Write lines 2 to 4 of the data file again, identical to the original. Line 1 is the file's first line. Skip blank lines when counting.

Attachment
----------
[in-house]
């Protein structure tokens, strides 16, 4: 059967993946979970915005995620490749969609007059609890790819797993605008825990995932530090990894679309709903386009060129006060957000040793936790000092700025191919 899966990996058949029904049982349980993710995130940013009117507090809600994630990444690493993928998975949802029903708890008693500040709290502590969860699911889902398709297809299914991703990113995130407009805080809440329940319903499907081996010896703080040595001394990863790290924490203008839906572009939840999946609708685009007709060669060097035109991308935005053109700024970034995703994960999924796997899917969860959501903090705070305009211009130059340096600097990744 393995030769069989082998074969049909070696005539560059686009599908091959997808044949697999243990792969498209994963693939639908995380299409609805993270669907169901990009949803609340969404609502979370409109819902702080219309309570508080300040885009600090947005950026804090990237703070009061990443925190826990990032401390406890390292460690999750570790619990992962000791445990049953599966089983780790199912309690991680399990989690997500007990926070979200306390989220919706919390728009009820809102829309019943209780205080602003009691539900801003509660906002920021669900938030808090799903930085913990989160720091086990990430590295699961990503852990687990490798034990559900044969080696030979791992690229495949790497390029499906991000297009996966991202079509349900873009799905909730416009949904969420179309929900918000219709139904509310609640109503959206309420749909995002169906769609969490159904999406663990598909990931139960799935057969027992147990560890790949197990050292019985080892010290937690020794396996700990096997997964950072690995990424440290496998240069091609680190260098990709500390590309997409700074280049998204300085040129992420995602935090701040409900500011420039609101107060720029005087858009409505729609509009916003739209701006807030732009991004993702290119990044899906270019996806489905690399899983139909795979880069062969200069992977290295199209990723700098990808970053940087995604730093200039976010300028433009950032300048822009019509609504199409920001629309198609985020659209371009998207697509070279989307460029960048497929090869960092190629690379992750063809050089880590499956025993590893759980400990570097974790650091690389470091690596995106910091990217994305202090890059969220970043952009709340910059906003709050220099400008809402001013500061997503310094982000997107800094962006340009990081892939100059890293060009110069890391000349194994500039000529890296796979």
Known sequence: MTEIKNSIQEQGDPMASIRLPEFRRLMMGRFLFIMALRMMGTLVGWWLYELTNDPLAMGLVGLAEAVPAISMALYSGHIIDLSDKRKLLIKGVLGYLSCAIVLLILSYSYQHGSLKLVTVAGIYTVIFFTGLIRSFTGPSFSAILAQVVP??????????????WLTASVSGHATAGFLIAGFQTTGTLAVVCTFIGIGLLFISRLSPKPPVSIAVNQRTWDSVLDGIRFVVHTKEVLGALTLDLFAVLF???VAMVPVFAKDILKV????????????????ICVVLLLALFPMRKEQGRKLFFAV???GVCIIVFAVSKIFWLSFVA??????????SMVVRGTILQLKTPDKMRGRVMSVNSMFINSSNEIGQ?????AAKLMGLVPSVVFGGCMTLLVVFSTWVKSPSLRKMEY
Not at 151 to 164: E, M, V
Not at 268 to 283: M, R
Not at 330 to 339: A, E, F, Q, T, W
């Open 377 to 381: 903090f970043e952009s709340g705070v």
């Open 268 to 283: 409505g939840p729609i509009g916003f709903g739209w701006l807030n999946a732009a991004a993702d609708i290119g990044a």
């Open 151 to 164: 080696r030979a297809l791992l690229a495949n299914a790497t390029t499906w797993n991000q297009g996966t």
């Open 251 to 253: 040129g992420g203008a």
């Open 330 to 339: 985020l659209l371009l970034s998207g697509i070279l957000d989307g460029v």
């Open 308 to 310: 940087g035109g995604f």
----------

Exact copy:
């Protein structure tokens, strides 16, 4: 059967993946979970915005995620490749969609007059609890790819797993605008825990995932530090990894679309709903386009060129006060957000040793936790000092700025191919 899966990996058949029904049982349980993710995130940013009117507090809600994630990444690493993928998975949802029903708890008693500040709290502590969860699911889902398709297809299914991703990113995130407009805080809440329940319903499907081996010896703080040595001394990863790290924490203008839906572009939840999946609708685009007709060669060097035109991308935005053109700024970034995703994960999924796997899917969860959501903090705070305009211009130059340096600097990744 393995030769069989082998074969049909070696005539560059686009599908091959997808044949697999243990792969498209994963693939639908995380299409609805993270669907169901990009949803609340969404609502979370409109819902702080219309309570508080300040885009600090947005950026804090990237703070009061990443925190826990990032401390406890390292460690999750570790619990992962000791445990049953599966089983780790199912309690991680399990989690997500007990926070979200306390989220919706919390728009009820809102829309019943209780205080602003009691539900801003509660906002920021669900938030808090799903930085913990989160720091086990990430590295699961990503852990687990490798034990559900044969080696030979791992690229495949790497390029499906991000297009996966991202079509349900873009799905909730416009949904969420179309929900918000219709139904509310609640109503959206309420749909995002169906769609969490159904999406663990598909990931139960799935057969027992147990560890790949197990050292019985080892010290937690020794396996700990096997997964950072690995990424440290496998240069091609680190260098990709500390590309997409700074280049998204300085040129992420995602935090701040409900500011420039609101107060720029005087858009409505729609509009916003739209701006807030732009991004993702290119990044899906270019996806489905690399899983139909795979880069062969200069992977290295199209990723700098990808970053940087995604730093200039976010300028433009950032300048822009019509609504199409920001629309198609985020659209371009998207697509070279989307460029960048497929090869960092190629690379992750063809050089880590499956025993590893759980400990570097974790650091690389470091690596995106910091990217994305202090890059969220970043952009709340910059906003709050220099400008809402001013500061997503310094982000997107800094962006340009990081892939100059890293060009110069890391000349194994500039000529890296796979």
Known sequence: MTEIKNSIQEQGDPMASIRLPEFRRLMMGRFLFIMALRMMGTLVGWWLYELTNDPLAMGLVGLAEAVPAISMALYSGHIIDLSDKRKLLIKGVLGYLSCAIVLLILSYSYQHGSLKLVTVAGIYTVIFFTGLIRSFTGPSFSAILAQVVP??????????????WLTASVSGHATAGFLIAGFQTTGTLAVVCTFIGIGLLFISRLSPKPPVSIAVNQRTWDSVLDGIRFVVHTKEVLGALTLDLFAVLF???VAMVPVFAKDILKV????????????????ICVVLLLALFPMRKEQGRKLFFAV???GVCIIVFAVSKIFWLSFVA??????????SMVVRGTILQLKTPDKMRGRVMSVNSMFINSSNEIGQ?????AAKLMGLVPSVVFGGCMTLLVVFSTWVKSPSLRKMEY
Not at 151 to 164: E, M, V